Prostate cancer is the leading cancer among American men. Scientists know that prostate cancer is related to male hormones, but are uncertain as to the exact mechanism involved. Intake of animal fat, red meats, and dairy products has been found to be associated with an increase in the risk of prostate cancer, suggesting a role for saturated fat.24 To reduce the risk of prostate cancer, limit intake of foods from animal sources, especially saturated fats and red meats.


The incidence of stomach cancer is decreasing worldwide, especially in the United States. Year-round consumption of fresh foods, refrigeration, and other improvements in food-preservation methods have helped reduce risk. Infection with the bacterial species Helicobacter pylori may increase risk. To reduce the risk of stomach cancer, eat at least five servings of fruits and vegetables each day.43

Common Questions About Diet and Cancer

Because people are interested in the relationship of specific foods or nutrients to specific cancers, research in this area is often widely publicized. No one study is the last word on any subject, and it is easy to become confused by what may appear to be contradictory and conflicting advice. Each study should be considered in the light of existing knowledge, but in brief news stories, reporters cannot always put new research findings in context. The best advice is to use common sense; it is rarely, if ever, advisable to change your diet based on a single study or news report, especially if the data are reported as “preliminary.”


What are antioxidants and what do they have to do with cancer? Certain nutrients in fruits and vegetables appear to protect the body against the oxygen-induced damage to tissues that occurs constantly as a result of normal metabolism. Because such damage is associated with increased cancer risk, antioxidant nutrients are thought to protect against cancer.12 Antioxidant nutrients include vitamin C, vitamin E, selenium, and carotenoids. Studies suggest that people who eat more fruits and vegetables containing these antioxidants have a lower risk for cancer.13 Clinical studies of antioxidant supplements, however, have not demonstrated a reduction in cancer risk (see Beta Carotene, Supplements).


Do artificial sweeteners cause cancer? Several years ago, experiments on rats suggested that saccharin might cause cancer. Since then, however, studies of primates and humans have shown no increased risk of cancer from either saccharin or aspartame.


Does beta carotene reduce cancer risk? Because beta carotene, an antioxidant, is found in fruits and vegetables, and because eating fruits and vegetables is clearly associated with a reduced risk of cancer, it seemed possible that taking high doses of beta carotene supplements might reduce cancer risk. In three major experiments, people were given high doses of synthetic beta carotene in an attempt to prevent lung and other cancers. Two of these studies found beta carotene supplements to be associated with a higher risk of lung cancer in cigarette smokers18,19 and a third found neither benefit nor harm from beta carotene supplements.44 Thus, research has not reproduced the beneficial effects of fruits and vegetables by giving high-dose supplements of beta carotene. For cigarette smokers, such supplements may be harmful.18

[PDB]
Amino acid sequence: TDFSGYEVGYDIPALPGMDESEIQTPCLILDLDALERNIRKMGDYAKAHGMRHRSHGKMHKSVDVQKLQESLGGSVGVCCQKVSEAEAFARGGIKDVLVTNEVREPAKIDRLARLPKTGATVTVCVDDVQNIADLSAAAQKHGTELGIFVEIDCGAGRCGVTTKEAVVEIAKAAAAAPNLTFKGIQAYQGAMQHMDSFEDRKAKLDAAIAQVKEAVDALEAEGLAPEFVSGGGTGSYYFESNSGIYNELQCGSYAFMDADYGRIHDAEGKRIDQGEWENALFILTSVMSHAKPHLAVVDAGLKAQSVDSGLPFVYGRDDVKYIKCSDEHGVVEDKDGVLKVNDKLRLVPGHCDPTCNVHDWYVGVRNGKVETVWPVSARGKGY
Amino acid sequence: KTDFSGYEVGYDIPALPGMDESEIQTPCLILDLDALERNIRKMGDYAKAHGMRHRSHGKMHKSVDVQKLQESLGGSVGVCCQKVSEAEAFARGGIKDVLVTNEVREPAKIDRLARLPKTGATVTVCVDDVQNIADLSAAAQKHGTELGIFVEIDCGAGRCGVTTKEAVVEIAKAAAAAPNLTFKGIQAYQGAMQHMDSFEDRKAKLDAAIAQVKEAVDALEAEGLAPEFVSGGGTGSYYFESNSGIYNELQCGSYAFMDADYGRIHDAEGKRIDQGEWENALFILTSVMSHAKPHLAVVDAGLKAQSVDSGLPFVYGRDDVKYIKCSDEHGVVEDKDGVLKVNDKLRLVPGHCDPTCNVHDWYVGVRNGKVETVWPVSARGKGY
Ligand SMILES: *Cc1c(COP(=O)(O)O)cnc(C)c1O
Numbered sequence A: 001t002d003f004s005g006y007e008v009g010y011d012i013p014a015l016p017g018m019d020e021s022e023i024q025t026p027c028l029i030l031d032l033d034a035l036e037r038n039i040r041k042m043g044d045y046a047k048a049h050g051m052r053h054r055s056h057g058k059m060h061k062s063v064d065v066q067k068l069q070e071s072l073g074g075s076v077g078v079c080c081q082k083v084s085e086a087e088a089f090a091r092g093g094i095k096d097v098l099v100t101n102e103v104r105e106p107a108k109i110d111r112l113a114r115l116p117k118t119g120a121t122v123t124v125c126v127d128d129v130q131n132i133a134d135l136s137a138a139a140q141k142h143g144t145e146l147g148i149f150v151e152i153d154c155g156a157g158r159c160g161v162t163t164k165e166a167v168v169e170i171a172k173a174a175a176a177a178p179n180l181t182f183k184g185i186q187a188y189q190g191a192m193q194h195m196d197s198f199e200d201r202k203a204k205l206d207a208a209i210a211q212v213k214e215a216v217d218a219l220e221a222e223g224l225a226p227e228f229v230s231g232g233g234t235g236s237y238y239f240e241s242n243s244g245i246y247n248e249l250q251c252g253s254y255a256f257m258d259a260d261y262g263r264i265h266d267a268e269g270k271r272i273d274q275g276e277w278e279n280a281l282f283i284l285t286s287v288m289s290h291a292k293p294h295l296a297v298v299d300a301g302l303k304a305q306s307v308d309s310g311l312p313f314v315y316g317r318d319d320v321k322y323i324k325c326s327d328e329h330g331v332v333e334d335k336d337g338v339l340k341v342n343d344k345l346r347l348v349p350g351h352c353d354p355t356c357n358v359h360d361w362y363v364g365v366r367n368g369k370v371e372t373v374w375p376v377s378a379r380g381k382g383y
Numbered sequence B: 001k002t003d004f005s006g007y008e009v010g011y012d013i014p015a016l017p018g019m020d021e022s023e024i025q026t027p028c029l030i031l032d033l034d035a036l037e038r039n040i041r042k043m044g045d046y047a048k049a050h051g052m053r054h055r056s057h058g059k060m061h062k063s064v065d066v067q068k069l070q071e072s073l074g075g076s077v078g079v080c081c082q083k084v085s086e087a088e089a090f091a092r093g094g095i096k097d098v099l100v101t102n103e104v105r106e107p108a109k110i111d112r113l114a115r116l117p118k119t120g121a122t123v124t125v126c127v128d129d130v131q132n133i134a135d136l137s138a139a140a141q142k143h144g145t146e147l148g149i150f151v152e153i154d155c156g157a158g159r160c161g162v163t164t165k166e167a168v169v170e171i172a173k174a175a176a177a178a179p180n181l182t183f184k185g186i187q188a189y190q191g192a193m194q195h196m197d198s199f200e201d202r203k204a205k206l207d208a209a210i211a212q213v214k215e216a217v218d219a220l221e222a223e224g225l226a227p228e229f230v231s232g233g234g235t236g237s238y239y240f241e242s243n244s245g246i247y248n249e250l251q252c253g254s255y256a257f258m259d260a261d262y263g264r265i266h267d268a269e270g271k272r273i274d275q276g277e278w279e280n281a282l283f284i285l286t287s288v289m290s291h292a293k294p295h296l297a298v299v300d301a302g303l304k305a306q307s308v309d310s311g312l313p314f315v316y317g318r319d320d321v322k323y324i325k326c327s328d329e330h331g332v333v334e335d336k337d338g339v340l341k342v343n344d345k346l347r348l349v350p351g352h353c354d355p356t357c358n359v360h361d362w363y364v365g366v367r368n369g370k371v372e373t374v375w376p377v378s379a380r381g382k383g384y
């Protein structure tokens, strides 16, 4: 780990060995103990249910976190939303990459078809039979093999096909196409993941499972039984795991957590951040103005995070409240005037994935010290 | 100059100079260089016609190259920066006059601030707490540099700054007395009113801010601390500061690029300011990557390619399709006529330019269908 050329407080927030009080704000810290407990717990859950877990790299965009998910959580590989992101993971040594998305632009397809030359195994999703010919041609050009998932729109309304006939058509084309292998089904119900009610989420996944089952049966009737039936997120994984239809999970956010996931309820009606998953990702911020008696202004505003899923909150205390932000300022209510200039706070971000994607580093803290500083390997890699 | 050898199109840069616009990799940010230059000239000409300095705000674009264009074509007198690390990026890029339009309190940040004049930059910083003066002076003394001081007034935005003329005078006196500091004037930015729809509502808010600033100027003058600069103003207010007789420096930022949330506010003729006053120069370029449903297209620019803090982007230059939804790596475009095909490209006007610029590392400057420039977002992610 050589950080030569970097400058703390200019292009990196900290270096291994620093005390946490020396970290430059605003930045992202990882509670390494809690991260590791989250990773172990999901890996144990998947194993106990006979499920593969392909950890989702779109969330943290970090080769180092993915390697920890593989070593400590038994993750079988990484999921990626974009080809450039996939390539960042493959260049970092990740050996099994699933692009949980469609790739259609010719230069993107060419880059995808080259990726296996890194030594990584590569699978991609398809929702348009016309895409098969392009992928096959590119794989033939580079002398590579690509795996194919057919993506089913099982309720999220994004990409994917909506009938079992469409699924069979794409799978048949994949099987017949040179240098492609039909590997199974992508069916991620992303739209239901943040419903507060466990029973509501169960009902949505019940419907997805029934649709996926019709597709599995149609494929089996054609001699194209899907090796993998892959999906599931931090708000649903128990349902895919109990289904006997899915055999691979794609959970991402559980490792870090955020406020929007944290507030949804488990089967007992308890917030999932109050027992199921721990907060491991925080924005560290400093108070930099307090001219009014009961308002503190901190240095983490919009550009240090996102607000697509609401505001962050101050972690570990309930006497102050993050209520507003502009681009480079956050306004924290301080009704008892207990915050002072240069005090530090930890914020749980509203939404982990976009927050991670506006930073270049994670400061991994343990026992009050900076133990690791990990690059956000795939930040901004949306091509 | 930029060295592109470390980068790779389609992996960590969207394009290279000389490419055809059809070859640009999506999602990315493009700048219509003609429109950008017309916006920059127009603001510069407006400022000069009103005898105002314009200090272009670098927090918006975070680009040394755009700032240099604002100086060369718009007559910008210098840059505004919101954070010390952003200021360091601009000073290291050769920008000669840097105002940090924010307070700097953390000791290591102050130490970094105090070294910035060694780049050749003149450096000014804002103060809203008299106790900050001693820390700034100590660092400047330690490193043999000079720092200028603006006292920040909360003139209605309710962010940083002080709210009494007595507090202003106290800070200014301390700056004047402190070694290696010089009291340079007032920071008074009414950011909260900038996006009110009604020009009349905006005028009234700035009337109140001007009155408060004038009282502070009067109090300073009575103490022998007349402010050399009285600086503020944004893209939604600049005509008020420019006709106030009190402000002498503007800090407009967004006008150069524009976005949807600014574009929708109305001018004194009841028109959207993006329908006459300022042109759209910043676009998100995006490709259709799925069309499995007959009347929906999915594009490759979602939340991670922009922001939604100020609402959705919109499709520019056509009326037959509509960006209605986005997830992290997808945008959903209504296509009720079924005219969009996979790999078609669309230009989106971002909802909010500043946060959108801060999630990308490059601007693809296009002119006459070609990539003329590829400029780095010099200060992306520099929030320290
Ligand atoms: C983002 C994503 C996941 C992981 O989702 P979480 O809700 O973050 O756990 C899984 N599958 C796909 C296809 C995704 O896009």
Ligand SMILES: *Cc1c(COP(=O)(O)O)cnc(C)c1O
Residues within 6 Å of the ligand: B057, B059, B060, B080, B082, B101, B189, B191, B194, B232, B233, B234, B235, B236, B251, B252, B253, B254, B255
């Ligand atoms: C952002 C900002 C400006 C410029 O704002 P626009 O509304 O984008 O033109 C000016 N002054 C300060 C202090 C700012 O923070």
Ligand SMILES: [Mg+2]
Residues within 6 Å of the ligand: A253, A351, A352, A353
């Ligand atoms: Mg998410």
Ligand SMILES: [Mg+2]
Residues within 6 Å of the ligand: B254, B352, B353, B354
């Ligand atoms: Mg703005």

What are bioengineered foods, and are they safe? Foods made through techniques of bioengineering or biotechnology have been altered by the addition of genes from plants or other organisms to increase resistance to pests, to retard spoilage, or to improve transportability, flavor, nutrient composition, or other desired qualities. Few such foods have as yet been marketed. At present, there is no reason to believe that these foods will either increase or decrease cancer risk.


Is calcium related to cancer? Some research has suggested that foods high in calcium might help reduce the risk of colorectal cancer, but this relationship is not proven. Whether or not calcium intake affects cancer risk, eating foods containing this mineral is important to reduce the risk of osteoporosis. Low-fat and non-fat dairy products are excellent sources of calcium, as are some leafy vegetables and beans.


What are carotenoids, and do they reduce cancer risk? Carotenoids are a group of pigments in fruits and vegetables that include alpha carotene, beta carotene, lycopene, lutein, and many other compounds. Consumption of foods containing carotenoids is associated with a reduced cancer risk (see Beta Carotene).


Does cholesterol in the diet increase cancer risk? Cholesterol in the diet comes only from foods from animal sources—meat, dairy, eggs, and fats. At present, little evidence is available to determine whether dietary cholesterol itself or the foods containing this substance might be responsible for the increase in cancer risk associated with eating foods from animal sources. Low blood cholesterol has been found to be more common in people with cancer, but is an effect of cancer, not its cause. There is no evidence that lowering blood cholesterol causes an increase in cancer risk.


Does drinking coffee cause cancer? Several years ago, a highly publicized study suggested that coffee might increase risk for cancer of the pancreas. Because caffeine may heighten symptoms of fibrocystic breast lumps in some women, media stories also have focused on concerns about coffee and breast cancer. Many studies in recent years, however, have found no relationship at all between coffee and the risk of pancreatic, breast, or any other type of cancer.